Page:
Allowing Private Sector Innovation Holds the Most Promise, if Government Doesn’t Impede Progress
Today we are fortunate to have a contribution written by Clifford Winston, Searle Freedom Trust Senior Fellow at the Brookings Institution. This post is based on a more extensive analysis available here.
Since 2005 Congress has not passed a long-term transportation bill and has instead engaged in political theatre about how to revive a wheezing Highway Trust Fund that is running a deficit. This embarrassing vaudeville act needs to be yanked off the stage with a cane because increasing government spending has not significantly improved infrastructure performance. Instead, implementing private sector technologies hold the most promise for improvements for the American traveler. Government can help by not impeding private sector efforts.
There is no “strategy” in the public sector’s decades-long history of increasing spending to build the nation’s way out of congestion and the public sector is unlikely to ever develop a sustainable strategy that could improve infrastructure performance. Accordingly, there are three ways that the private sector could help: purchase infrastructure facilities from the government and operate them more efficiently (privatization); develop technological innovations that the public sector could implement to improve current infrastructure performance; and make technological advances that greatly improve the operations of transportation modes that use the infrastructure.
All the options are promising, but outright privatization may be premature without experiments in the United States given the mixed experience with privatization in other countries. The best course of action is to rely on the private sector to develop technological advances in the major modes and for the government not to impede those advances. Policymakers have shown a decided lack of interest in implementing technological innovations to improve transportation. For example, they could encourage the use of technologies such as:
- GPS devices, Bluetooth signals, and mobile software applications to provide motorists with real-time information about traffic speeds, volumes, and conditions on alternate routes, thereby allowing drivers to make better informed decisions about their routes.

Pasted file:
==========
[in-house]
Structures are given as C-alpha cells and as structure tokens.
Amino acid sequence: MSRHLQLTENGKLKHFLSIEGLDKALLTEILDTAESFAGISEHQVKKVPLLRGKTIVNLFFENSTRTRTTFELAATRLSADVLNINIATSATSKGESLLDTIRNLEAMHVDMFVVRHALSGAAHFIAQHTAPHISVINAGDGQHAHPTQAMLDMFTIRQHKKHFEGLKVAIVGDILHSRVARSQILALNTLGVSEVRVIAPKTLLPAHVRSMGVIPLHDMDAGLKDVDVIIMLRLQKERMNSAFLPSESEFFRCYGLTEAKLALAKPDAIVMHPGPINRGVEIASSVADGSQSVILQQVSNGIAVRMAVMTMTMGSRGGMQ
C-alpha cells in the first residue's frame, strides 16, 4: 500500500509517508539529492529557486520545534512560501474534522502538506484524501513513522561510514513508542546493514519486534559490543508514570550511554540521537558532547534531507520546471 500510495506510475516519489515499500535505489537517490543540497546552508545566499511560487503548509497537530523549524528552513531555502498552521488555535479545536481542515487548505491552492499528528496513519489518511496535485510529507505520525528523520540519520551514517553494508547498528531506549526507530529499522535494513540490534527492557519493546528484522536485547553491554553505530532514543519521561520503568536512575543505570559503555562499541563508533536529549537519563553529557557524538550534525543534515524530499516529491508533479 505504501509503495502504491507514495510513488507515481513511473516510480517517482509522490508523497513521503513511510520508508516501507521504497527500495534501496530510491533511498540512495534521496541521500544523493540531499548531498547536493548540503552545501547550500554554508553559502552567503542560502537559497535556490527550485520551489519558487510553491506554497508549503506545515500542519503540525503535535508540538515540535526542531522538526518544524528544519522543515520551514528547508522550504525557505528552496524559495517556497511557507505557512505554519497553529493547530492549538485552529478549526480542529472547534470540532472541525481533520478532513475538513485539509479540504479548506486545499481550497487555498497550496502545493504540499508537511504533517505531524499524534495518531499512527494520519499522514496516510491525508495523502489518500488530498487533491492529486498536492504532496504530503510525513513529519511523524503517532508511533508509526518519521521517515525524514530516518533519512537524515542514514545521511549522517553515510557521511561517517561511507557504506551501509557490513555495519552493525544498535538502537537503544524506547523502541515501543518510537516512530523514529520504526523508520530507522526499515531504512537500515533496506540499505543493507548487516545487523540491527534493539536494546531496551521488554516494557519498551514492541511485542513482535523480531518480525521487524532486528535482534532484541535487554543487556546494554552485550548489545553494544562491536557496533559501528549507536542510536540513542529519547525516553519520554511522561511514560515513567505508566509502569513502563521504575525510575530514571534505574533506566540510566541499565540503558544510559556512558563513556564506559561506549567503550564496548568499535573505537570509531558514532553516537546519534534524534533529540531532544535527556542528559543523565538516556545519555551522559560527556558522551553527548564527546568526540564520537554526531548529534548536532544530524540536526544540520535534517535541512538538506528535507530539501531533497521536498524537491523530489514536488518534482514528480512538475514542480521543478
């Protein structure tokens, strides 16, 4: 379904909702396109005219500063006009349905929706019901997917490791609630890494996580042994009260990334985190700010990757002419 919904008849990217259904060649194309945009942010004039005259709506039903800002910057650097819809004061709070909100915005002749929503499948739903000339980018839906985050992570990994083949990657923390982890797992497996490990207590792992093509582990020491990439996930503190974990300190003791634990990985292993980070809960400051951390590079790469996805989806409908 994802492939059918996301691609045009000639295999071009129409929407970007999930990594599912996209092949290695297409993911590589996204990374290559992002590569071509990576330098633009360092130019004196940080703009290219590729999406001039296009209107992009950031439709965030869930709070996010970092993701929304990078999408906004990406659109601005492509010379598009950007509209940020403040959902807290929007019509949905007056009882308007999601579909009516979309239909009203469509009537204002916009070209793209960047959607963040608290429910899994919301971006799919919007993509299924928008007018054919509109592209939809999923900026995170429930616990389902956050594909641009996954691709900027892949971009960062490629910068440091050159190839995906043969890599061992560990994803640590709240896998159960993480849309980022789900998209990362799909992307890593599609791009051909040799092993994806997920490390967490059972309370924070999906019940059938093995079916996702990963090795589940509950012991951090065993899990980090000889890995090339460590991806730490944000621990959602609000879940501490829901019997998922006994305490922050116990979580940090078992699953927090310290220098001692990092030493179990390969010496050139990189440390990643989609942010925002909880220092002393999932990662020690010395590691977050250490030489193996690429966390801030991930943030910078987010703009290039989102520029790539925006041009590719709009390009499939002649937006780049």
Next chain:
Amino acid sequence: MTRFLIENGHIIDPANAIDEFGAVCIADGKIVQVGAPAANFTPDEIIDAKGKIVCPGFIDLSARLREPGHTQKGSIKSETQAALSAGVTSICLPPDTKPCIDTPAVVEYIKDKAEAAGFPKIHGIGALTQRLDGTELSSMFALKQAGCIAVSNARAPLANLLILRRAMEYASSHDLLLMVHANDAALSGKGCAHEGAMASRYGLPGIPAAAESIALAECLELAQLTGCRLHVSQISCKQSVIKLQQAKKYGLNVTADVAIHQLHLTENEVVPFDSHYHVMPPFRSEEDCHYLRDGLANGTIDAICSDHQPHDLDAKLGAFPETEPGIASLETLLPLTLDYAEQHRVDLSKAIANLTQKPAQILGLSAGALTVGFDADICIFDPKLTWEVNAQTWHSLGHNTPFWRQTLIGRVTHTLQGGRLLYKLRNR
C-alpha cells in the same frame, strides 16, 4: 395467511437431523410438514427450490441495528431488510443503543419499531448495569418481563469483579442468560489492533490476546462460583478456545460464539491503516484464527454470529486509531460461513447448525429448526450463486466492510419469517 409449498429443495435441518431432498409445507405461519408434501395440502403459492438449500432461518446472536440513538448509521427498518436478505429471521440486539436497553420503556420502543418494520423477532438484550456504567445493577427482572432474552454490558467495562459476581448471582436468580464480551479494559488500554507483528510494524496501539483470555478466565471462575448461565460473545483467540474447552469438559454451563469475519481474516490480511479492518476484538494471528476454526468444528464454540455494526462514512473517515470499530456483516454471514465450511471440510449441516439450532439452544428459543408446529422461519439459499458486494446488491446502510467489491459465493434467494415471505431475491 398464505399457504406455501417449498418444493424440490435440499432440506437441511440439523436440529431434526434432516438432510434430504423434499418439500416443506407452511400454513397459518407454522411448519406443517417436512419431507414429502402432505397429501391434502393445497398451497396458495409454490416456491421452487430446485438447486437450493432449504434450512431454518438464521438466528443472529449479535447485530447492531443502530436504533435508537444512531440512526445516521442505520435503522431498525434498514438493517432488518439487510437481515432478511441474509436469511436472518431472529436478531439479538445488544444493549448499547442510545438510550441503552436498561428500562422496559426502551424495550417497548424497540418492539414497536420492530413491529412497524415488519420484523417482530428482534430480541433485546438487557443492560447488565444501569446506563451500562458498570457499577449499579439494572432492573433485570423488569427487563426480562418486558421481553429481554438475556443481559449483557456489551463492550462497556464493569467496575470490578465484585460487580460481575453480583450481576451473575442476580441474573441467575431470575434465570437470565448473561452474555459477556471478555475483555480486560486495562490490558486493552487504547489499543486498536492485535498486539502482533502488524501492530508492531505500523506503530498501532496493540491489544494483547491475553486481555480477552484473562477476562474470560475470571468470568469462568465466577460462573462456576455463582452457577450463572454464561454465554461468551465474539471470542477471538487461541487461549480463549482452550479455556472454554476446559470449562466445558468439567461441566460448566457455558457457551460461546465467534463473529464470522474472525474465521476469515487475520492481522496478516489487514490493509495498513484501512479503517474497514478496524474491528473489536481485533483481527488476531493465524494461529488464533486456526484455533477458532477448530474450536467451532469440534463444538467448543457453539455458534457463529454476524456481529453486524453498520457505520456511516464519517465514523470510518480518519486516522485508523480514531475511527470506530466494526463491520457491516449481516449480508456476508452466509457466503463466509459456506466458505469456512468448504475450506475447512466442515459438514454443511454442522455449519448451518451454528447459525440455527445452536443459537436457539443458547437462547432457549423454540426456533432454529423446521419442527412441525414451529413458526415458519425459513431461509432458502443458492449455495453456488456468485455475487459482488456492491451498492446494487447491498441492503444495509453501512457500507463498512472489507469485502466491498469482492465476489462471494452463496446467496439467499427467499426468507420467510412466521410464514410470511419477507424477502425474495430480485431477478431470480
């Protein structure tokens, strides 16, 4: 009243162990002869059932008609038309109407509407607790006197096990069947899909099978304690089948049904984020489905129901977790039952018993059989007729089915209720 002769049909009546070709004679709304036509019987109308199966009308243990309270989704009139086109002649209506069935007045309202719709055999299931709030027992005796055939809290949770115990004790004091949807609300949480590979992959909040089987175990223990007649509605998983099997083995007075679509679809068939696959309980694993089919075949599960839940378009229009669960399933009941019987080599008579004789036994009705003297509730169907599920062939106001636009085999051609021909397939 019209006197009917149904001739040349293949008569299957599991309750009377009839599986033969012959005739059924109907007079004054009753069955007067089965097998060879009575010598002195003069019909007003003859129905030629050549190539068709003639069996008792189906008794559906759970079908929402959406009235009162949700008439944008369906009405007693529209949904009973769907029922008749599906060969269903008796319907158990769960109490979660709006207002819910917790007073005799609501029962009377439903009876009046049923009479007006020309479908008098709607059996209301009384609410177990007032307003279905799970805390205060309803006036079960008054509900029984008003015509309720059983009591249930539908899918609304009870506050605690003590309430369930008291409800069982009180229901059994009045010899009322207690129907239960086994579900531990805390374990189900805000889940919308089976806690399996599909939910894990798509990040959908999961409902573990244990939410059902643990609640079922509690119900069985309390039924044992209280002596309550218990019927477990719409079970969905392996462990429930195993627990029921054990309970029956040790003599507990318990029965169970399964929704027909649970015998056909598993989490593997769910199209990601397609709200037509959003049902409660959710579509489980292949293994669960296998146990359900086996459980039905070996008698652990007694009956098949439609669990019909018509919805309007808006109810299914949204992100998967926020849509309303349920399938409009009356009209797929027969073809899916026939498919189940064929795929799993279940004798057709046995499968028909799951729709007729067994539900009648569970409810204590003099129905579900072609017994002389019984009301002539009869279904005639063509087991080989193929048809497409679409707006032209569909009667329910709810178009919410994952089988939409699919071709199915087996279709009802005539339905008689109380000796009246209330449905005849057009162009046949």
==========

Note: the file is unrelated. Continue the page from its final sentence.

- Weigh-in-motion capabilities to provide real-time information about truck weight and axle configurations to do away with weigh-stations and to set efficient pavement-wear charges, which would encourage truckers to shift to vehicles with more axles that do less damage to roads.
- Governments also could apply adjustable-lane technologies and variable speed limits, adapting to traffic flows, and could set real-time tolls to encourage drivers to explore alternative routes, modes, and times of day to travel.
- Efficiency in air travel could be enhanced through technologies such as heated runways, which would reduce delays caused by time-consuming manual snowplowing; advanced screening technologies, such as full-body scanners and biometrics, to speed security measures; and the adoption of a next-generation satellite-based air traffic control system known as NextGen.
Unfortunately, the government has a status quo bias, which impedes the adoption of new technologies and slows economic progress.
Fortunately, the private sector does not share this bias. In spite of public sector foot-dragging, the private sector continues to innovate in myriad ways, such as: automobile safety technological advances, including electronic stability control, warning and emergency braking systems, speed alerts, and mirrors with blind spot warnings; airlines have installed more powerful and efficient jet engines and are planning to incorporate improved wing designs to reduce fuel consumption.
Moreover, major innovations in the modes are on the horizon. There is no doubt that driverless cars and trucks can be operated effectively, gathering and reacting to real-time information about traffic conditions and eliminating human failings, such as distracted or impaired driving; digital communications and GPS could automate routine air traffic control measures; and drones could be used for commercial purposes—if the FAA would lift its ban on their use.
Those innovations and undoubtedly others could significantly improve the efficiency and safety of current infrastructure and significantly reduce the need for government to pass huge spending bills to expand transportation capacity.
This post written by Clifford Winston.